Categorisation of earners for NIC purposes

By Tolley in association with Jim Yuill at The Yuill Consultancy
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The following Employment Tax guidance note by Tolley in association with Jim Yuill at The Yuill Consultancy provides comprehensive and up to date tax information covering:

  • Categorisation of earners for NIC purposes
  • Employed or self-employed?
  • Illegal contracts for service
  • HMRC challenge

Employed or self-employed?

As is the case with income tax, it is not a matter of choice whether an individual is employed or self-employed for NIC purposes. The categorisation position is determined by examining the facts regarding the relationship between the individual and the person for or to whom the services are provided.

In the vast majority of cases it is obvious whether someone is employed or self-employed. However, there may be cases where the position is unclear or where attempts have been made to artificially create a self-employment, thus avoiding the more expensive Class 1 NIC. The Government has made changes to the legislation whereby an individual will be an employee if there is any element of supervision, direction or control. In addition, the IR35 processes have been strengthened particularly in the public sector to ensure that tax and NIC liabilities are not avoided.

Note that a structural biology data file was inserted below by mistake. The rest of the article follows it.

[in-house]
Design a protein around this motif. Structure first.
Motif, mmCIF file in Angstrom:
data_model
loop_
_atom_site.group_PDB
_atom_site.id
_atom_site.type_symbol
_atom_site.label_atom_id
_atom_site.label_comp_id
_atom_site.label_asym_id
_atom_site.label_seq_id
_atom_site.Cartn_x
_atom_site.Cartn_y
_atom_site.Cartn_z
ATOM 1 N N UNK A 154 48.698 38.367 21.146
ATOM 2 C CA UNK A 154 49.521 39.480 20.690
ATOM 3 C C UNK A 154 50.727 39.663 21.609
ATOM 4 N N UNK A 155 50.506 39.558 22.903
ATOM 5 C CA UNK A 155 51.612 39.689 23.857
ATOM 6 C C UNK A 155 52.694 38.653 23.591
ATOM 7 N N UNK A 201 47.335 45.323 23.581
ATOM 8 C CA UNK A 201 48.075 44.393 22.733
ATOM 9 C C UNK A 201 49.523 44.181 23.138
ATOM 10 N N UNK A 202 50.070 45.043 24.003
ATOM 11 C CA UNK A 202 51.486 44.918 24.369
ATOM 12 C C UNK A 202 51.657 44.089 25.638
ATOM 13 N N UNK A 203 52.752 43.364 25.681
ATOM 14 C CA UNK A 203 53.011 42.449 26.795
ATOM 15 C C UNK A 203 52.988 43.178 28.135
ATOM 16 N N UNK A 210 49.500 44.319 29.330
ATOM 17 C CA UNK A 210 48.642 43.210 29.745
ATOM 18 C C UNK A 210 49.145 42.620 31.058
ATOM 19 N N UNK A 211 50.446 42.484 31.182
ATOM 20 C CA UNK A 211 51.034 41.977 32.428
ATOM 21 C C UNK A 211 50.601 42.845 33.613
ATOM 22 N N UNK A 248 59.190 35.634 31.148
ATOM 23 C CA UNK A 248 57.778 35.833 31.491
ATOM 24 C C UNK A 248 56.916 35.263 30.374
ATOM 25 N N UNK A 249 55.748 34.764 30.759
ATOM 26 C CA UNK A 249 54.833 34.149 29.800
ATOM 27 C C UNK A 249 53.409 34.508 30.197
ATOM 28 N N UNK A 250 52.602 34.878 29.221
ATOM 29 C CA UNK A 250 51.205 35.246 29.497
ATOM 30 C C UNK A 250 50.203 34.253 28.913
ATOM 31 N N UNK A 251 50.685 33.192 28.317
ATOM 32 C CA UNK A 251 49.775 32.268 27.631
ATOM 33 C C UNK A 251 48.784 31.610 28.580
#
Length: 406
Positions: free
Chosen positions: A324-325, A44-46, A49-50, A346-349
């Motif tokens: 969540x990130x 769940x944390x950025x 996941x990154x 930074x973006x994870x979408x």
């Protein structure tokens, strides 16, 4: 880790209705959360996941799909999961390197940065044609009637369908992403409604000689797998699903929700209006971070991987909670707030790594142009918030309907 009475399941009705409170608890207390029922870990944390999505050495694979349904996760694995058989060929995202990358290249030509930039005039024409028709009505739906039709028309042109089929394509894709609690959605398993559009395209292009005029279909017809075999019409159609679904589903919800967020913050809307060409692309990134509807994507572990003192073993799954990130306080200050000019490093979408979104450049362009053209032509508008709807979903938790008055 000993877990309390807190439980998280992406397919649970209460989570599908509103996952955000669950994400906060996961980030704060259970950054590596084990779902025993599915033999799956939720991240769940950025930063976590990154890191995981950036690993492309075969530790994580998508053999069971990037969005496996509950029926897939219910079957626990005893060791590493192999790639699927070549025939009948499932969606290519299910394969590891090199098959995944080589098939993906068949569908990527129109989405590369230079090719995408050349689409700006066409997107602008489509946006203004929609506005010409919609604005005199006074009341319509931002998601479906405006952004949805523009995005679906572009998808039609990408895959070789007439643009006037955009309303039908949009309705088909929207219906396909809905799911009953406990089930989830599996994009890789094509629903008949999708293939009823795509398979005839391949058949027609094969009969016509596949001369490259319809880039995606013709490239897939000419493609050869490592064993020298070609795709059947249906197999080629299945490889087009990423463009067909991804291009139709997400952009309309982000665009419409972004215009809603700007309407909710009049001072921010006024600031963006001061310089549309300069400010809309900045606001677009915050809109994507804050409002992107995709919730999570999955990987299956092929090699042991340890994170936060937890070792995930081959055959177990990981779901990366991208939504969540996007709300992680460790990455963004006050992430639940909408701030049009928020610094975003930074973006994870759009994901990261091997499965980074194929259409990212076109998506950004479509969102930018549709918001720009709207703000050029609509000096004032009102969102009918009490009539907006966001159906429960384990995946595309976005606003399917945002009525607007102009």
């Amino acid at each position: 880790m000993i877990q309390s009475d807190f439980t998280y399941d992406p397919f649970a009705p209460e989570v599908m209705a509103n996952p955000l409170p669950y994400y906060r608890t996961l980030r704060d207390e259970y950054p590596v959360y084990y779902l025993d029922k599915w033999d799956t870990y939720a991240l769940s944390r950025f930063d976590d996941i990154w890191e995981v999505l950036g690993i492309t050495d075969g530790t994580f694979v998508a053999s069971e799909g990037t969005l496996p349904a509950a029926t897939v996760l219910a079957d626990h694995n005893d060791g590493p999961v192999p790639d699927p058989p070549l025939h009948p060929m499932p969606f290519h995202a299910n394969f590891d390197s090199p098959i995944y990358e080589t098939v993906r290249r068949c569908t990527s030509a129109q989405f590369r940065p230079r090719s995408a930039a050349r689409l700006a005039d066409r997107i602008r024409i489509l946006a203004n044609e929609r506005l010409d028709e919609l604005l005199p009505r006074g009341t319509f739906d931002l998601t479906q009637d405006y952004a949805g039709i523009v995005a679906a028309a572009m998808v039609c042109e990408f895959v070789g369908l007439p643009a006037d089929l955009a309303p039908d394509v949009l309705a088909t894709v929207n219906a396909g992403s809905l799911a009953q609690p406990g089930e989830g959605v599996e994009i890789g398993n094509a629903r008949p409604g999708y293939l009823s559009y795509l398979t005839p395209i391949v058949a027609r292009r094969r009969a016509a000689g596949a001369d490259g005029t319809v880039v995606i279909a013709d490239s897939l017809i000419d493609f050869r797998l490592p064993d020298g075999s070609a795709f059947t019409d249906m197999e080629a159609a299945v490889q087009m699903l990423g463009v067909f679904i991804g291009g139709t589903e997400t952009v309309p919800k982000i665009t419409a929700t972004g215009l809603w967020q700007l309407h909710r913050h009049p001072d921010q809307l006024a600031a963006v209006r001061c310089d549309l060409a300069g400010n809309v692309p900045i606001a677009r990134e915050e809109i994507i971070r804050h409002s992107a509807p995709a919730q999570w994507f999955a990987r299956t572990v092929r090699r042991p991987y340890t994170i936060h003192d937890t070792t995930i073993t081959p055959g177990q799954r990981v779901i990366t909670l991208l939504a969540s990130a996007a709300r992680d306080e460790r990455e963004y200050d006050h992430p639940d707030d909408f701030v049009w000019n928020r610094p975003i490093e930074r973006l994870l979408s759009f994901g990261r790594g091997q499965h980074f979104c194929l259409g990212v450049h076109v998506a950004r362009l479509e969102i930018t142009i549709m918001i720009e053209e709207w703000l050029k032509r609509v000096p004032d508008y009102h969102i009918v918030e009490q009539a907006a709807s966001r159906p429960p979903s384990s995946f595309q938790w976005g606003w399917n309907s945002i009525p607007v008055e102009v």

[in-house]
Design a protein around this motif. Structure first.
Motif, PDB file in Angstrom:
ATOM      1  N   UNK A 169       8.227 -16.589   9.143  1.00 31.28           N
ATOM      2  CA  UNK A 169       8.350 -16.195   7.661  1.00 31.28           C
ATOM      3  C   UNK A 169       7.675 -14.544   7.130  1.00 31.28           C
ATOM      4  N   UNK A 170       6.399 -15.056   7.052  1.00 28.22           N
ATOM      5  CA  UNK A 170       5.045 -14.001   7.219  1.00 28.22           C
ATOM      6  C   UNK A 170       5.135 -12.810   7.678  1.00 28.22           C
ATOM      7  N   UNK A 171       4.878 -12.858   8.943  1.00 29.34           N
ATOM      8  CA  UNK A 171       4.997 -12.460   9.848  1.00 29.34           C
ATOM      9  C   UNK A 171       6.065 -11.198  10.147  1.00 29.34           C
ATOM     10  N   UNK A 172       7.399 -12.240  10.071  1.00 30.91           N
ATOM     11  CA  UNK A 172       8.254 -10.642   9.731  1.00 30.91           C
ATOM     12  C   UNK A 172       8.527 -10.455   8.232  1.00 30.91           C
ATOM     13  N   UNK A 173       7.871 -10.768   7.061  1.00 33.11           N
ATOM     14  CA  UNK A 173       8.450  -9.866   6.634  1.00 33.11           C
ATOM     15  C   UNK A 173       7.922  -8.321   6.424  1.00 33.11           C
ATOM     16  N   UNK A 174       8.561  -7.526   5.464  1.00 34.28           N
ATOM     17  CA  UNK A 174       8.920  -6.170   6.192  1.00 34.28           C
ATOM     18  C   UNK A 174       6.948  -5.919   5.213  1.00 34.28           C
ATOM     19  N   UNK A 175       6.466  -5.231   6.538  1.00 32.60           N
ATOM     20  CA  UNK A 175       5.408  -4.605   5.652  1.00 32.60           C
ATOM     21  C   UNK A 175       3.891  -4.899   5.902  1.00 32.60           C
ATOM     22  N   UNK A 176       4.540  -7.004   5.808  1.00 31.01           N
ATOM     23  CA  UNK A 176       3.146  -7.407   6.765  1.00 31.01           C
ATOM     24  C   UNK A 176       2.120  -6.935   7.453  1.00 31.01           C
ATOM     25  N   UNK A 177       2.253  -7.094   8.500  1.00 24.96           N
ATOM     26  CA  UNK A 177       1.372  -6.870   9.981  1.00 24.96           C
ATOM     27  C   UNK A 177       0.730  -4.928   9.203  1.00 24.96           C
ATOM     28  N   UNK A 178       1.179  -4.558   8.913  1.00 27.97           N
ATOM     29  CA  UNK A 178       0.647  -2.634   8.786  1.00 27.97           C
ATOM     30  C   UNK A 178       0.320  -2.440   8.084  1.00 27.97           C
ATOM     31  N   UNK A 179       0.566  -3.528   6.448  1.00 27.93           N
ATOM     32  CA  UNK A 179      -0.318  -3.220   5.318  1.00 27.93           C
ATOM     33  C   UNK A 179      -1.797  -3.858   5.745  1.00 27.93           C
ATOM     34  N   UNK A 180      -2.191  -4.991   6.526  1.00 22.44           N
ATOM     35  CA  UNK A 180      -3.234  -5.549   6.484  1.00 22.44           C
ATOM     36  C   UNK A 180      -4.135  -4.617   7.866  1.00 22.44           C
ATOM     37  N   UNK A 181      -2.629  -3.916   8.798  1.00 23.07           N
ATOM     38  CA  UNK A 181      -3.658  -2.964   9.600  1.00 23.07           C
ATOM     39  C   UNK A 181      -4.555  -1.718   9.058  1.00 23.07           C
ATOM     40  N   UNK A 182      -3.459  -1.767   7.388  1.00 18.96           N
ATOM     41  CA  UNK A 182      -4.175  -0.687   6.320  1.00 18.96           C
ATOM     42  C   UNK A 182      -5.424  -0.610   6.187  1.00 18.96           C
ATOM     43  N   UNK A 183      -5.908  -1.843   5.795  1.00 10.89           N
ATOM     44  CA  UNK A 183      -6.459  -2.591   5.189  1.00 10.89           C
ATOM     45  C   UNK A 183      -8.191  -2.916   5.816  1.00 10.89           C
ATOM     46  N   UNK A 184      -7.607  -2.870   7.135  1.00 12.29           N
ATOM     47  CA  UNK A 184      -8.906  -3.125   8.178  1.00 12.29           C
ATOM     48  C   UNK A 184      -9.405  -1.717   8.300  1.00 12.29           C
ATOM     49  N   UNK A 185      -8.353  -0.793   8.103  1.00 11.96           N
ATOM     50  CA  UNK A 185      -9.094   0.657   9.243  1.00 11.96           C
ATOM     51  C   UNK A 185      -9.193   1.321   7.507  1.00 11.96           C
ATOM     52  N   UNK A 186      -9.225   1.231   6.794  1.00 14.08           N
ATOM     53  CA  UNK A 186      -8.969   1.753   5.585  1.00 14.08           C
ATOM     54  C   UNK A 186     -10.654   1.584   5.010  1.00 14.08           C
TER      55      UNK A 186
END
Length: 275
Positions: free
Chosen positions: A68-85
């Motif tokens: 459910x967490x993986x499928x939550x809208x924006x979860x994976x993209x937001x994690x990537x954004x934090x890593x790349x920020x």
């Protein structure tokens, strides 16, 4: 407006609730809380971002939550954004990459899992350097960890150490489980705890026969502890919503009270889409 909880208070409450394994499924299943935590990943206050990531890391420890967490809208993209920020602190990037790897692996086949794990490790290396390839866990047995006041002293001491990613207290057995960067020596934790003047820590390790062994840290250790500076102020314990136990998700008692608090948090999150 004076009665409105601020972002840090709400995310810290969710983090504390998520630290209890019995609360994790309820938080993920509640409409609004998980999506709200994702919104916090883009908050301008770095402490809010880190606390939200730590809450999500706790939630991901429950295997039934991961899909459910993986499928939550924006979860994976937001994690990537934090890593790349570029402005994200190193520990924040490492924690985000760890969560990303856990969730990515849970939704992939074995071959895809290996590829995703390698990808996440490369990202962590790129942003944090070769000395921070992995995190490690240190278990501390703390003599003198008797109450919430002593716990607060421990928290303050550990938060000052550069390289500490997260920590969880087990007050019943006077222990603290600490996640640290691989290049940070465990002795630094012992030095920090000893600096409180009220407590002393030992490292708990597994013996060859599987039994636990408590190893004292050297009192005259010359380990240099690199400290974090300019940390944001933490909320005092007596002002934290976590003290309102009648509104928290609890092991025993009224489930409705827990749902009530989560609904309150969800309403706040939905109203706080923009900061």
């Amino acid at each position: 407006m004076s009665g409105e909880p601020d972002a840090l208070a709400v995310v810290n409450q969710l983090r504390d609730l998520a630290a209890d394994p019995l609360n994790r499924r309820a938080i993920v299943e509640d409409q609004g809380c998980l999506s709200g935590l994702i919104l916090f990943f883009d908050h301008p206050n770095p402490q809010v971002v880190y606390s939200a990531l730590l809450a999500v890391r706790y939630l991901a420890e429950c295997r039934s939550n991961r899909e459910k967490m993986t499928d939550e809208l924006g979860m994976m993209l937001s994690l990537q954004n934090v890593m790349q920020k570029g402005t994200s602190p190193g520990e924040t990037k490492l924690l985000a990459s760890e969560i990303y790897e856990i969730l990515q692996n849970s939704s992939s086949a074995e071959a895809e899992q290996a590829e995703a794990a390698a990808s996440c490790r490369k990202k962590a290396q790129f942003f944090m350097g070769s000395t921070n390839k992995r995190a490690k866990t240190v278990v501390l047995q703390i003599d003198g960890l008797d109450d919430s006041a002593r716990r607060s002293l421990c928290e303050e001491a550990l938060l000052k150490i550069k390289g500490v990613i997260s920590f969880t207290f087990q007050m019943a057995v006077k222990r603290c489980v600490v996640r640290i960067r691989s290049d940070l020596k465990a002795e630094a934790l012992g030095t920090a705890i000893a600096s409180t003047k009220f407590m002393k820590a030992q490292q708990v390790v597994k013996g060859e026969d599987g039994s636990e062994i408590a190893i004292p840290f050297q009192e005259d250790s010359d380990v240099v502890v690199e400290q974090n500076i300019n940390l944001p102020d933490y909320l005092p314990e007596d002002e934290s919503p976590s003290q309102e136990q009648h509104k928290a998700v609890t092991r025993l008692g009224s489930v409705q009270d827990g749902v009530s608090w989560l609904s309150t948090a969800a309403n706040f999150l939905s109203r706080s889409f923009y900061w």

SI 1978/1689, Sch 1, Part I

The general intention is that someone who is an employee for NIC purposes is also an employee for income tax purposes and subject to PAYE. In the same way, someone who is self-employed for income tax purposes should pay Classes 2 and 4 NIC. However, there are certain individuals who have th

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